One of the hardest things to do is to build a new world in five thousand words or less.
Worldbuilding in general is hard to do, even in a novel. You have to bring your reader into a new world and make it real to them. The more different the characters and the setting are from our 21st century Western world, the harder it is for many readers to make the jump.
But at least in a novel, you have space. You can build the world a bit at a time. In a short story, every sentence counts. You have to do a lot, but not too much too fast, in a short amount of time. Because in addition to building your world, you also have to tell a story. And that can be a tricky thing to do in short fiction.
A lot of writers will take the easy way out (myself included) by setting their short stories in the modern world or at least a world that is easy recognizeable. We lean on tropes we understand: knights, magic spells, fairies, monsters under the bed. But let’s say you want to do something different, you want to tell a real secondary-world fantasy or science fiction story and you need to do it by making it under a specific word count.
Here are some things to watch out for and some things you need to do.
Gotchas: These are problems I’ve had and that I’ve read when critiquing other people (not just Wordslingers but in other groups or online as well).
1. Too much slang, too soon. By this, I mean, too much made-up jargon. These can be unfamiliar character names or go all the way into world-specific philosophies, religions and alien concepts. Often you’ll get a bunch of strange words dumped on you up front in the story as the author tries to build the world before your eyes, before the story truly starts. This is a serious bump for a lot of readers, especially casual readers. Hard-core Fantasy and Sci-fi fans are somewhat inoculated to strange words. But that doesn’t mean you can get away with it. If you have more than one strange word per page, it may bump people out of your story.*
2. Building the world instead of telling the story. This is an easy mistake to make. You can spend so much time in exposition, explaining what’s going on, that you forget to tell the story. Exposition bogs down the pace of your story. But at the same time, infodumps about things that never were and may never be are one of the joys of fantasy/sci-fi. The key is the placement. Get the story started, then tell us the history of the do-hickey of power.
3. Not telling us what we need to know. The world in your authorial mind is much more real than what ends up on the page. As a result, you may be making assumptions about what your reader knows, especially if you are the only person reading your work before sending it out into the great big world. This is where a critique group is critical. You need someone who doesn’t have your brain to look over your story and see where they get confused. But you can avoid a lot of problems by only telling us what we NEED to know to advance the story. There are lots of ‘cool stuff’ in your head that you want people to see but they all need to advance the story, otherwise, sorry, you need to cut it. Include all the relevant facts but don’t tell us too much. See? Hard, isn’t it?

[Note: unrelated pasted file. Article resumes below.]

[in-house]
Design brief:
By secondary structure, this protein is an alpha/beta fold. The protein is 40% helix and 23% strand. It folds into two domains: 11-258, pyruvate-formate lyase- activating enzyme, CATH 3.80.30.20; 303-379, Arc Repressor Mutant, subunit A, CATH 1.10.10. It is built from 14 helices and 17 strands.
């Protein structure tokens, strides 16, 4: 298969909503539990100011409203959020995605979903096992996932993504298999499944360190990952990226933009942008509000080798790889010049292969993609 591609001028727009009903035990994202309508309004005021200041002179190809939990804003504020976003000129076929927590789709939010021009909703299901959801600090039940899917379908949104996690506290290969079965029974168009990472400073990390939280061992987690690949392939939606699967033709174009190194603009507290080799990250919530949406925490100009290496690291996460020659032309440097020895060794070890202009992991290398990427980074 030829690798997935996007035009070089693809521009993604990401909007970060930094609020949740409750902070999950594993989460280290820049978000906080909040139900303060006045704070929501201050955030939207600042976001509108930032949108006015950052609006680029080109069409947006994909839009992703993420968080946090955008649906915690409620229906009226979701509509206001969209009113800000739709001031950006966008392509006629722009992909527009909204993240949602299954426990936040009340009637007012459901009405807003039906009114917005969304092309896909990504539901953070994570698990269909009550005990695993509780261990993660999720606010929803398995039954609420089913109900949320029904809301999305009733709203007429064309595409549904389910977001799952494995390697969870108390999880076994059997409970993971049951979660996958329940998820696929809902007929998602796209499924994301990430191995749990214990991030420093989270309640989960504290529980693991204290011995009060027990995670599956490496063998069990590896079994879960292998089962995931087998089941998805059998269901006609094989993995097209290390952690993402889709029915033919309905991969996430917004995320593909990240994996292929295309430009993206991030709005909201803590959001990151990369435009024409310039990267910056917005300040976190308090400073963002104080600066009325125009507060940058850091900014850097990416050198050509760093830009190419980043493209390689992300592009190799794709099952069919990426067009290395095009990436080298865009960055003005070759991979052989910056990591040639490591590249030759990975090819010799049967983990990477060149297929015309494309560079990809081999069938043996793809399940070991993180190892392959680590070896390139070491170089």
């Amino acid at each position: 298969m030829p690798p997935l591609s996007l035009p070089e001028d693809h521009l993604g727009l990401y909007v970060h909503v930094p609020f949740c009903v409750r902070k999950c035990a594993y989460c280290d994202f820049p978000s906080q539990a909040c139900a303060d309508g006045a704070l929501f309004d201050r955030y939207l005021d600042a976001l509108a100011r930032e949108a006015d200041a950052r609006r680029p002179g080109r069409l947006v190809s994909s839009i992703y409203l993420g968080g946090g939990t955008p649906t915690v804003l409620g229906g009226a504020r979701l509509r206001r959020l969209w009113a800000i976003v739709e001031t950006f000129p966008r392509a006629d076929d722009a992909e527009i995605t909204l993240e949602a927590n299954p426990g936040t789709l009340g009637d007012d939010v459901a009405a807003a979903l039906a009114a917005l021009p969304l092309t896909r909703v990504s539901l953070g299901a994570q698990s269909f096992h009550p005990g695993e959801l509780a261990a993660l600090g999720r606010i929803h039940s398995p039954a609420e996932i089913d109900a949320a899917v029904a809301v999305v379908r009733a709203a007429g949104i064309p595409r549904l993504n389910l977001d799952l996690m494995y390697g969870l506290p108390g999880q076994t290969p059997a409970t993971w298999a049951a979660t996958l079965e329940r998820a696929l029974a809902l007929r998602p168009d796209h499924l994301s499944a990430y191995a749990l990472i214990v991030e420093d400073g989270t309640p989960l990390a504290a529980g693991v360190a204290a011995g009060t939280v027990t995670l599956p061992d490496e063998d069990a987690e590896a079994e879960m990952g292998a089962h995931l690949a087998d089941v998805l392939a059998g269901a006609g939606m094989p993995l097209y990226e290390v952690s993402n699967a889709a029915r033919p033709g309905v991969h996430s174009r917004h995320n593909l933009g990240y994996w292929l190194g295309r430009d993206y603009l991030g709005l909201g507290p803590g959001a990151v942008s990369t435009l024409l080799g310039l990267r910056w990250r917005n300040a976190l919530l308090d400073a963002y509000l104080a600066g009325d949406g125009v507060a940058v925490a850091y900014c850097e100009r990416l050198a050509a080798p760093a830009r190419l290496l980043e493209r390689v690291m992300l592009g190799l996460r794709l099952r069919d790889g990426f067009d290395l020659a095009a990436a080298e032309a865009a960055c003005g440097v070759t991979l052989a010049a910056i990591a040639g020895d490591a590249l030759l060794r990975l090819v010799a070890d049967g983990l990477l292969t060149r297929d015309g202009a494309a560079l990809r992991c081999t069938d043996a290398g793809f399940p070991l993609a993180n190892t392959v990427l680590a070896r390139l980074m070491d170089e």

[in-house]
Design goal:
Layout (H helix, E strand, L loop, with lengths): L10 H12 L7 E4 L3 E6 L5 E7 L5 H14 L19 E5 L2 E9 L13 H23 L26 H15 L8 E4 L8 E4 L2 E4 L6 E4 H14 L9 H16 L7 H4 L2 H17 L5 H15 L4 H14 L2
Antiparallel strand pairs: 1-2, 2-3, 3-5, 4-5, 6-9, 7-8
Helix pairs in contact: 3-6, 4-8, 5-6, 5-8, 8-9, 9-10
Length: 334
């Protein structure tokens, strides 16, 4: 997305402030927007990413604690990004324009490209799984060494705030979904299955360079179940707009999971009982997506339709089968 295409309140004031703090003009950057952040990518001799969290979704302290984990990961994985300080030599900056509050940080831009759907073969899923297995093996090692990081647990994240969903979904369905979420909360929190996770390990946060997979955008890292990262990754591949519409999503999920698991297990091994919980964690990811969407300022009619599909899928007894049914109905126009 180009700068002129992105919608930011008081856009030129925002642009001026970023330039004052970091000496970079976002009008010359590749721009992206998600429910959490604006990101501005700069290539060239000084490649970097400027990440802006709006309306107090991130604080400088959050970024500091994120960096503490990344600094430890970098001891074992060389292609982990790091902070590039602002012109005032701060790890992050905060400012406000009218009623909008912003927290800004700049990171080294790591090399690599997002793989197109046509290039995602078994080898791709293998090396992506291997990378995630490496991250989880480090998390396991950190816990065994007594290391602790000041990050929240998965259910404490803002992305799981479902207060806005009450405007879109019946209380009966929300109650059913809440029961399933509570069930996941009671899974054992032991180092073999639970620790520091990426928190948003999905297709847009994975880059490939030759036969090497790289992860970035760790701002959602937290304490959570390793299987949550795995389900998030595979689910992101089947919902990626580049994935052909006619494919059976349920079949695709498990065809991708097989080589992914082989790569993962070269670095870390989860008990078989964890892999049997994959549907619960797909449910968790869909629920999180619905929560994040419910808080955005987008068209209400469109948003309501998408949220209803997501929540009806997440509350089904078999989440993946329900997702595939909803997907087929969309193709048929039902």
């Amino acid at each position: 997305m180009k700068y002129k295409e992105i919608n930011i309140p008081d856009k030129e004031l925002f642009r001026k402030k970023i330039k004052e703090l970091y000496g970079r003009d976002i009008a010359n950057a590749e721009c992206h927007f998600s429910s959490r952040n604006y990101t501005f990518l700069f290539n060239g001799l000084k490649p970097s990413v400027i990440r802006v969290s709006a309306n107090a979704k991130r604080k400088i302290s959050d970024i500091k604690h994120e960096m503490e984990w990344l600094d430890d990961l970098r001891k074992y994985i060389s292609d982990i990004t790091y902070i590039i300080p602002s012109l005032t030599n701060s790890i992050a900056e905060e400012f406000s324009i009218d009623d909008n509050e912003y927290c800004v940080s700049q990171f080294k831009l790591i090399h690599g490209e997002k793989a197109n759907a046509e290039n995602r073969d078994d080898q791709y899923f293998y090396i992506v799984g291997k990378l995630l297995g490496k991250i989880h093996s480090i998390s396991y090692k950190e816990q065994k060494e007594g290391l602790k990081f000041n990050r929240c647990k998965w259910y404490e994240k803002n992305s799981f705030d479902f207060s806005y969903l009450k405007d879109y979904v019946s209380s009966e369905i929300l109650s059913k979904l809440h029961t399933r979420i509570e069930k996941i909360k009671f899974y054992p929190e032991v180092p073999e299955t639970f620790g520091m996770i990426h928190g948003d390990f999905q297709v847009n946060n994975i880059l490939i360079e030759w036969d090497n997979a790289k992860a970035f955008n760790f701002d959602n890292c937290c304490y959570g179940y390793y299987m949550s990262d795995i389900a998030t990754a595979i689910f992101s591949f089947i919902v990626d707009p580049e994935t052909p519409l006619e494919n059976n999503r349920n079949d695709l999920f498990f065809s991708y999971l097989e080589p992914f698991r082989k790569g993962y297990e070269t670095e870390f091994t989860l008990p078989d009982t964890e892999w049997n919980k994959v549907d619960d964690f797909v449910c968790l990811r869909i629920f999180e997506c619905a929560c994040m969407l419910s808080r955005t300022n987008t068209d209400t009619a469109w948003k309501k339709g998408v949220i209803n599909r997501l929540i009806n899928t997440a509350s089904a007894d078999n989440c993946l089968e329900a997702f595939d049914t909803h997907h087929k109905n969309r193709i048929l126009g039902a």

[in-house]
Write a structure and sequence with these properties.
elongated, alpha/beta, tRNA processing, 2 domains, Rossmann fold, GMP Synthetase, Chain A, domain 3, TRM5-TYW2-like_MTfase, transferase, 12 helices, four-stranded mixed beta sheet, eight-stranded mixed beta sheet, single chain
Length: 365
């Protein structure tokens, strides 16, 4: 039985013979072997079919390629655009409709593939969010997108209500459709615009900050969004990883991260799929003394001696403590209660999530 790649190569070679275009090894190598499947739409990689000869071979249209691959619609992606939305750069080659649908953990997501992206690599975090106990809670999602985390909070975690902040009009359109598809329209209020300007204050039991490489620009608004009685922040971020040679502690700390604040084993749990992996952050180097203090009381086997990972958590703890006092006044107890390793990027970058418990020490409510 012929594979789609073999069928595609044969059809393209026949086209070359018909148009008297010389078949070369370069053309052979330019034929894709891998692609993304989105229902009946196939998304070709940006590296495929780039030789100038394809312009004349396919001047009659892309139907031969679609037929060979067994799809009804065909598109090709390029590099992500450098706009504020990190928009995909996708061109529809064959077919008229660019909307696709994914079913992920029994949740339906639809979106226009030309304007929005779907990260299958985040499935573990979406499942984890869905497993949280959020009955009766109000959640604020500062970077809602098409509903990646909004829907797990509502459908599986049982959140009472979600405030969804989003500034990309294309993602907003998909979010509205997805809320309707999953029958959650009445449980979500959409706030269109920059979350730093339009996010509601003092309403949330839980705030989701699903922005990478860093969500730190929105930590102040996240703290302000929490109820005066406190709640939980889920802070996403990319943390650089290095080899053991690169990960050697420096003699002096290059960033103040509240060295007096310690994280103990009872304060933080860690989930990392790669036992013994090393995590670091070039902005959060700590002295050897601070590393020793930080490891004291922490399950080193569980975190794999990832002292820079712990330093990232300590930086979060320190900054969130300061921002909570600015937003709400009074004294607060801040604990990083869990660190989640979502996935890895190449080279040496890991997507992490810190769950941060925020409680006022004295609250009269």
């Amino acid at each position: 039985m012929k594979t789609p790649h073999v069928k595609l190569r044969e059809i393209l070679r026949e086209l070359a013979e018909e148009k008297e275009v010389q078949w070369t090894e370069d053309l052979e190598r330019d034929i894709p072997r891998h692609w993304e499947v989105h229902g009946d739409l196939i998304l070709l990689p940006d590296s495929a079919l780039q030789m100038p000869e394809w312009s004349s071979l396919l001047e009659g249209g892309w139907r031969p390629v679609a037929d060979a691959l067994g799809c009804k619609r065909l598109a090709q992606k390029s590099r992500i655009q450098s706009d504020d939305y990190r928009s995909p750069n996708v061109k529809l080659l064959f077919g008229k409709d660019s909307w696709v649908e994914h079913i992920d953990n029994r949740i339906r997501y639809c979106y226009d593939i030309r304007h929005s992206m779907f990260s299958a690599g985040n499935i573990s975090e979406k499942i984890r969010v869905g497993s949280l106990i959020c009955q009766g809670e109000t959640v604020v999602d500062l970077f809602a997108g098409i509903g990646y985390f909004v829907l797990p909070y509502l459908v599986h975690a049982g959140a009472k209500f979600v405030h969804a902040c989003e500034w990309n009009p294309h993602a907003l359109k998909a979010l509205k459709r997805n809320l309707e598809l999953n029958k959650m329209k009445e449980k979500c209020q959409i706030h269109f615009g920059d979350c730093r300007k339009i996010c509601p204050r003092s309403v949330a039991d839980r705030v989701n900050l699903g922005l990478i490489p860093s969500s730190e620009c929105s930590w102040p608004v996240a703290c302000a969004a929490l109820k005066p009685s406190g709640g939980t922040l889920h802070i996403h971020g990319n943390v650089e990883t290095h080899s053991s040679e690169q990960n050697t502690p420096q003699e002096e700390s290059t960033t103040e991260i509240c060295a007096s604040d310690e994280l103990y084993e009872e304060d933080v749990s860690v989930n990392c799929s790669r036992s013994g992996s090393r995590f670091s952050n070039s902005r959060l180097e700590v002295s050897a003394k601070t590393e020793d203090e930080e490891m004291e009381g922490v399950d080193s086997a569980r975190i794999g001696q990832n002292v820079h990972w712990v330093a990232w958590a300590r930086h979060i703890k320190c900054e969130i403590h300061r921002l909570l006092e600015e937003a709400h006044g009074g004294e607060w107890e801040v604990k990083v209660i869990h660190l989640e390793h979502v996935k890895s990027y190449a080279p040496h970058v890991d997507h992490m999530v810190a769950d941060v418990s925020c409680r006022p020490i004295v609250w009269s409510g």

Ok, let’s see about what you should do instead of what you shouldn’t.
1. Signal right away that ‘things are not like home’. This is useful because it sets expectations and lets the reader know they need to suspend disbelief. If your story is sci-fi, but something that doesn’t exist yet in your opening paragraph. If you are writing fantasy, try using titles or kingdom names in your opening paragraph. (just as examples, I’m sure you can do this more elegantly)
2. Start by anchoring them to something familiar. Give us a point of reference before you start building your world. Start with the similarities, then when you show us how things are different, you can accomplish more with less. Let me try an example: Most people get married, one husband, one wife. If you start off introducing someone and their spouse, that grounds us. Then if you introduce a concubine or second-wife or triad-male, you are telling us about how the world is different but you did it starting from a common point of reference. Use universal problems, common emotions, the more familiar elements you can use in your story, the more they’ll be able to identify with it even when you toss in aliens or orcs.
3. Ease in the world-specific words and slang. Using an unfamiliar word is a good way to signal what kind of story you’re telling. But start slow. Choose made-up words that are significant to the story, not just different for the sake of being different. And, again, space the strangeness out. Try to keep it to one new word per page or per two pages, if you can. You want to hook your readers, not use strange bait.
4. Know your story, your conflict and your stakes. If you need to, start out with a one-paragraph description of your story with none of the fantastic elements. Know the story first, know the conflicts. A short story is about one thing, one concept, one twist. More than that, and you’re into novella or novel territory, which is a whole ‘nother kettle of geeblefish. Think of this as a rehearsal, all your actors are in street clothes, learning their part. Then, once you have the story clear in your head, dress them up. Paint the scenery. Bring in the props. That doesn’t mean the props and scenery and costume isn’t important, it is. The fantastic elements of a fantasy or sci-fi story should be the key to your story. In fact, without them, you should have no story.**
*I’ve heard that more than 1 made up word per story is too much but I’m not sure that’s correct.
** At least according to our learned elders. I’ve heard, time and again, that if you can take the sci-fi element out and you still have a story, you haven’t written ‘Real’ science fiction. To that I say ‘Pppppthhhh’. Story is story. Fantasy and Science fiction is question of props, scenery and costuming.